The Tamale Teaching Hospital (TTH) seeks to become the centre of excellence in tertiary health care delivery, including nephrological services, in Ghana. Given this broader institutional goal, the Hospital strives amidst difficulties to serve its teaming clients with the best care required. Each year, the TTH sees over 100,000 clients, including those needing nephrological services mainly from the five (5) regions of Northern Ghana, Bono East and Oti Regions, as well as some parts of Burkina-Faso, Togo, Ivory Coast, Sierra Leone and Niger.
Over the last couple of years, the TTH has been providing tertiary healthcare services in specific specialise areas such as nephrological services in line with its mandate of providing advanced clinical health services, training of undergraduate and postgraduate medical and other health professionals and researching into health issues for the purposes of improving health outcomes albeit with a lot of challenges. These challenges call for the Hospital to mobilise all available resources from both public and private sources to appropriately provide standard care to its clients and ultimately achieving excellence. At the Renal Dialysis Unit, knowledge gap, lack of access to nephrological services, late reporting, patients’ inability to fully run prescribed dialysis sessions per week, among others have been identified as some of the key factors hindering smooth renal replacement therapy services in the Hospital.
BURDEN OF KIDNEY DISEASE
Kidney disease is a non-communicable disease (NCD) and currently affects between 8 and 10% of the adult population worldwide. The global burden of CKD is increasing, and kidney disease is projected to be the 5th leading cause of death by 2040 globally. Chronic kidney disease is a major cause of catastrophic health expenditure. The costs of dialysis and transplantation consume 2–3% of the annual healthcare budget in high-income countries. In low-income and middle-income countries, including Ghana, most people with kidney failure have insufficient access to lifesaving dialysis and kidney transplantation.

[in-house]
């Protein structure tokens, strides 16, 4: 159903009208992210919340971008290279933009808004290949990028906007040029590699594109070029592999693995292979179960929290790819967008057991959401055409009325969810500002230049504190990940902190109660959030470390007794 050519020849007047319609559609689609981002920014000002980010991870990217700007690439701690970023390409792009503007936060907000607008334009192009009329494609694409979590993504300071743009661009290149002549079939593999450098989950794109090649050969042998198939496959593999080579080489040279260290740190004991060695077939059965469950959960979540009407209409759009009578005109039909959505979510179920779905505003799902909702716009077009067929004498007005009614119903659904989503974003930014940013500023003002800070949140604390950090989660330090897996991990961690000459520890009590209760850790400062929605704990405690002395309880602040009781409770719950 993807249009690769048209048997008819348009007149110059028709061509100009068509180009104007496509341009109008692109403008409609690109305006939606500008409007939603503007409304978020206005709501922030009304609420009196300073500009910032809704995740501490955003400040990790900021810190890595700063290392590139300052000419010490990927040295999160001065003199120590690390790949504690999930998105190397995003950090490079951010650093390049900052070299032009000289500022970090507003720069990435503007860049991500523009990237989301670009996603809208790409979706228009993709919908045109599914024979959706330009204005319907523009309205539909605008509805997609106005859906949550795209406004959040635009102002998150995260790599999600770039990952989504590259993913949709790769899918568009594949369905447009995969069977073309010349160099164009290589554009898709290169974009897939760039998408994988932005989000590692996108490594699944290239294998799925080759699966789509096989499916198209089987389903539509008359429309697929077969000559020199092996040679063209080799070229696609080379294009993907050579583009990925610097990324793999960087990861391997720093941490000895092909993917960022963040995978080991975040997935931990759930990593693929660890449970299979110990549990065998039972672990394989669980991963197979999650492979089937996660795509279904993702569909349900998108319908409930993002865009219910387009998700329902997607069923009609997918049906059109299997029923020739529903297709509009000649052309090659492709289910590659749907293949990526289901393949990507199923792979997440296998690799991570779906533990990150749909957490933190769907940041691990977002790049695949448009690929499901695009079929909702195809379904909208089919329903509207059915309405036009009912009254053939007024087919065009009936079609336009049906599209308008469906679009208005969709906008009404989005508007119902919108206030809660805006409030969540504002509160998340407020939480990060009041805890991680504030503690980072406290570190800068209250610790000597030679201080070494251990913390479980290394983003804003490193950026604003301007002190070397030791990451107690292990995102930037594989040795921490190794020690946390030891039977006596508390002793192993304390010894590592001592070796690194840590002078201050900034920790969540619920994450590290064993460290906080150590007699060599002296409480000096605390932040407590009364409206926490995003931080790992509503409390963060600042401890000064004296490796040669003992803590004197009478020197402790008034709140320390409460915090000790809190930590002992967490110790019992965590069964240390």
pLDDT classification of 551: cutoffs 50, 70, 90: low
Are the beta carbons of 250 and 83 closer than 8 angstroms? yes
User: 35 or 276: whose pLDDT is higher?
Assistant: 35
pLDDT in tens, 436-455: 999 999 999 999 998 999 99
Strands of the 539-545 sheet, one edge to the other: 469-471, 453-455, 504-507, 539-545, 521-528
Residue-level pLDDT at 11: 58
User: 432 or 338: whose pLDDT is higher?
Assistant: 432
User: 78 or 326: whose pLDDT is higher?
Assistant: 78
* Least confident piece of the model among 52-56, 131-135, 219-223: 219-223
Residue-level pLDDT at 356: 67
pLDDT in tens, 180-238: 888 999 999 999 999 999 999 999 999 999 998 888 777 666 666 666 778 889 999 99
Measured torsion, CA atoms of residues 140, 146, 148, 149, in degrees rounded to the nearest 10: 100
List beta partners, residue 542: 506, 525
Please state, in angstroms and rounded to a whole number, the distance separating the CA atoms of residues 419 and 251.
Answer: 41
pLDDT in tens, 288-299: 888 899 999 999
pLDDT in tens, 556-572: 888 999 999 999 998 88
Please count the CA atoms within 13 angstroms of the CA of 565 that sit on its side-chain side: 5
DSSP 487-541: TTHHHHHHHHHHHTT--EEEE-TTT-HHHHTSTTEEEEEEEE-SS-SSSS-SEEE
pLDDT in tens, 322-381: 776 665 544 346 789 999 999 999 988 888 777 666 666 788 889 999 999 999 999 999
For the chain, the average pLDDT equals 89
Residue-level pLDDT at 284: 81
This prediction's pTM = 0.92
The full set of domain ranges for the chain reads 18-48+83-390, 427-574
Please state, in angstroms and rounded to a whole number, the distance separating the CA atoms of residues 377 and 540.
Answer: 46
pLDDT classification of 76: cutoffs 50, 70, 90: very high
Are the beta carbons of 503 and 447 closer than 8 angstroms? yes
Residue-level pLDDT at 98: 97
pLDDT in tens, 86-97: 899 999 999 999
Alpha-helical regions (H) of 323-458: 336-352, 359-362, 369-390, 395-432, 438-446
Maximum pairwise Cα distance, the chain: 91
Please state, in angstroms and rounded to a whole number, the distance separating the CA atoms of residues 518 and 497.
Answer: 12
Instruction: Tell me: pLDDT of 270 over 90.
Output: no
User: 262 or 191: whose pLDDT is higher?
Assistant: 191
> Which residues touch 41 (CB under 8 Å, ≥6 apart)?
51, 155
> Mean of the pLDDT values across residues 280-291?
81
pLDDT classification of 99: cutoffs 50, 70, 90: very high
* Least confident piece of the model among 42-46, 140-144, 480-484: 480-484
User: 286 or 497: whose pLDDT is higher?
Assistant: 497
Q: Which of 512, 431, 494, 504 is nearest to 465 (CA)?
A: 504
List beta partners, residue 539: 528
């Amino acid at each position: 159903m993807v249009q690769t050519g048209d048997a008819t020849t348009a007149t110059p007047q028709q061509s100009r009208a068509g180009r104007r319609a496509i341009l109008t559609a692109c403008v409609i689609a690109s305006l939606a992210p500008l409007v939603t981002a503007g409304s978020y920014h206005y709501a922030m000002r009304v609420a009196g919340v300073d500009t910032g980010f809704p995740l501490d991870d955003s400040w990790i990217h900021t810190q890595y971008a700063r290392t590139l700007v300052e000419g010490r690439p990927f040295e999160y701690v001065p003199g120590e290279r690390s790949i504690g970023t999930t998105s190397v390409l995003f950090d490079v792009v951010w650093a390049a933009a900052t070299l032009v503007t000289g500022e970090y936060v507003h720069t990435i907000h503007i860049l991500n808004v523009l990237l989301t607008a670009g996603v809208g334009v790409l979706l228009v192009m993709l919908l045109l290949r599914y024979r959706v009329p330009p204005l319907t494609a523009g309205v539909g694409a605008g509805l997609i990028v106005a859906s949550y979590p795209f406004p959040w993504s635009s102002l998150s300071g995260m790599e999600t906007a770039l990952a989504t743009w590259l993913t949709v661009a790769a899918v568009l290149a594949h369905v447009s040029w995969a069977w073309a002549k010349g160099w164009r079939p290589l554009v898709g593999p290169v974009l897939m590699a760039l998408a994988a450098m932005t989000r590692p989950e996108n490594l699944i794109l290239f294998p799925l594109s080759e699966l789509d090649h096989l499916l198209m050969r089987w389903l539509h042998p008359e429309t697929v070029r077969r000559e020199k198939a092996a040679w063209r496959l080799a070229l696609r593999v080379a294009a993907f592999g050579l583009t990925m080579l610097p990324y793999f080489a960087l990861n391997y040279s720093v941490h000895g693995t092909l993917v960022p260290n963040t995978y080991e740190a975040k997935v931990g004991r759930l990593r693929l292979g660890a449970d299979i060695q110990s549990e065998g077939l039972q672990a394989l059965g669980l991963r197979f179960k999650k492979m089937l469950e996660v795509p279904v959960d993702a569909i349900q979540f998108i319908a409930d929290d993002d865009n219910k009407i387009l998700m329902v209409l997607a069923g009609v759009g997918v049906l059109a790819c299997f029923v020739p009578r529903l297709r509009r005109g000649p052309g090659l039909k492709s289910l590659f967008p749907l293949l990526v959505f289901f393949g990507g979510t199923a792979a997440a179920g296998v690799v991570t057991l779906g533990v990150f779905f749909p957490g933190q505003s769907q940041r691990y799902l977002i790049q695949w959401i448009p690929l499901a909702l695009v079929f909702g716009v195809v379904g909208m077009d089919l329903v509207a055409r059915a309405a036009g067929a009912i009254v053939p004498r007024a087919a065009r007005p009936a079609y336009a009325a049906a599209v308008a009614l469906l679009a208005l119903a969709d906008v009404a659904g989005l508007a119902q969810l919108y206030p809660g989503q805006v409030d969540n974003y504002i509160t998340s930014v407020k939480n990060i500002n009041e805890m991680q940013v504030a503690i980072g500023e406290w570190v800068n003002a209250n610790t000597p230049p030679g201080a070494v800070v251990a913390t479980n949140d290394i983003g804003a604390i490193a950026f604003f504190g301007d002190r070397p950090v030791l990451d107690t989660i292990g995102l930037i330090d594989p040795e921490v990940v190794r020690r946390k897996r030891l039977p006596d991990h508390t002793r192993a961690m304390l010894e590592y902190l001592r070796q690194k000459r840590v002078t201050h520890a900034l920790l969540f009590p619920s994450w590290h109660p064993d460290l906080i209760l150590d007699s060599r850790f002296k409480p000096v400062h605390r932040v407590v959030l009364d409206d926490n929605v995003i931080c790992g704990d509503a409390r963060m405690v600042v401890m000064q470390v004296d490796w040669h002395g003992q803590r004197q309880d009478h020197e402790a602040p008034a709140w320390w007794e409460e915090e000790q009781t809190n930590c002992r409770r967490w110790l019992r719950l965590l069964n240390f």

Crucially, kidney disease can be prevented and progression to end-stage kidney disease can be delayed with appropriate access to basic diagnostics and early treatment. However, while national policies and strategies for NCDs in general are present in Ghana, specific policies directed toward education and awareness about kidney disease as well as CKD screening, management and treatment are lacking. In the catchment area of the Hospital there is a need to mount serious campaign about kidney disease to create awareness among the populace to help curb the rising numbers.
WORLD KIDNEY DAY 2022 IN TTH
The thrust of TTH’s celebration of this year’s World Kidney Day is to raise awareness about the increasing number of the disease in Northern Ghana to ensure kidney health for all. This will put the disease in the spotlight which will waken us up to strive for “Kidney Health for All – Bridge the gap to better kidney care”.Specifically, in line with the global objectives for this year’s celebration, we aim to highlight the importance of preventive interventions to avert the onset and progression of kidney disease.
Since 2015 when renal dialysis started in TTH, there has been a consistent increase in the number of patients including staff with kidney disease reporting at the Hospital. This situation calls for a concerted effort to mount vigorous education on the disease to create awareness of the disease among the populace which will ultimately help in curbing the situation. But this is a task that the Hospital requires corporate support to execute; fortunately, Roche supported the Hospital to carry out an outreach programme to the Upper East Region to mark World Kidney Day, 2022. In climaxing the celebrations, the TTH carried out a screening for its staff.